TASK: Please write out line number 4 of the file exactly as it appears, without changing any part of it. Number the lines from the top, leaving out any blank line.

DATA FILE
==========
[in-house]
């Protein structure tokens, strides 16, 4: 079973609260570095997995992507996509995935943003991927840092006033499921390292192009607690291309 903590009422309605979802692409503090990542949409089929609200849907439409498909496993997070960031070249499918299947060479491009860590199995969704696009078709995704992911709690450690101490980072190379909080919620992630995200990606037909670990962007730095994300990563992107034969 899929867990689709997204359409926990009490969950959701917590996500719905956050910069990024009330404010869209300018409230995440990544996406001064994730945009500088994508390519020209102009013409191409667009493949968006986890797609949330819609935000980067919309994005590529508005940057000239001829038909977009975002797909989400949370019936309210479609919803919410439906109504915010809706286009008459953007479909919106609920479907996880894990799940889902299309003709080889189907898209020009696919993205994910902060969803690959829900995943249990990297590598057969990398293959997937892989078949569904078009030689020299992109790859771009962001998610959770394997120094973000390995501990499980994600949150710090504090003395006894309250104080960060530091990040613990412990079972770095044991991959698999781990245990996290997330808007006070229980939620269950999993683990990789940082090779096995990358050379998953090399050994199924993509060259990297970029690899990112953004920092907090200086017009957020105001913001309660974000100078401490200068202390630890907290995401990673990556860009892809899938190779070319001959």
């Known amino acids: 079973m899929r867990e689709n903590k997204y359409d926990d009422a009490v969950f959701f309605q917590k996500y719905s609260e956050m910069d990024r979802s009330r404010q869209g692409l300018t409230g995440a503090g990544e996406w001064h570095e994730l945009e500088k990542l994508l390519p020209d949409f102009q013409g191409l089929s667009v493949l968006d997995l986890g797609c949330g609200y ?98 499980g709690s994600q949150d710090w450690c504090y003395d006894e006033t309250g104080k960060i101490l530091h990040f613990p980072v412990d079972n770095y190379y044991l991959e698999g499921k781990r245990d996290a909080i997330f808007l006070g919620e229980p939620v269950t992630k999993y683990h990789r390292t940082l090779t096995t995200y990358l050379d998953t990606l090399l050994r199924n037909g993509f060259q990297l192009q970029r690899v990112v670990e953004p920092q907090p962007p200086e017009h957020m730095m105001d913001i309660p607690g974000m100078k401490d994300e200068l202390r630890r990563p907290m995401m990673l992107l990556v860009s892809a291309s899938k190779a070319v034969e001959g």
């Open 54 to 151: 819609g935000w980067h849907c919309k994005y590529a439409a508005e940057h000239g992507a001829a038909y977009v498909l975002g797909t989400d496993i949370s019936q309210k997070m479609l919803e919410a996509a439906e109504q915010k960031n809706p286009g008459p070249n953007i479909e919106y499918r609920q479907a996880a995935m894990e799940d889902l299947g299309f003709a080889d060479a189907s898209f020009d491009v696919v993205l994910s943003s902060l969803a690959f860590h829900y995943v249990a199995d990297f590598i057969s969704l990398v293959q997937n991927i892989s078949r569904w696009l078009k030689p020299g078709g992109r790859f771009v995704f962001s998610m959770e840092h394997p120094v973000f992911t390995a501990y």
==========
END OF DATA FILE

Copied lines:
């Open 54 to 151: 819609g935000w980067h849907c919309k994005y590529a439409a508005e940057h000239g992507a001829a038909y977009v498909l975002g797909t989400d496993i949370s019936q309210k997070m479609l919803e919410a996509a439906e109504q915010k960031n809706p286009g008459p070249n953007i479909e919106y499918r609920q479907a996880a995935m894990e799940d889902l299947g299309f003709a080889d060479a189907s898209f020009d491009v696919v993205l994910s943003s902060l969803a690959f860590h829900y995943v249990a199995d990297f590598i057969s969704l990398v293959q997937n991927i892989s078949r569904w696009l078009k030689p020299g078709g992109r790859f771009v995704f962001s998610m959770e840092h394997p120094v973000f992911t390995a501990y």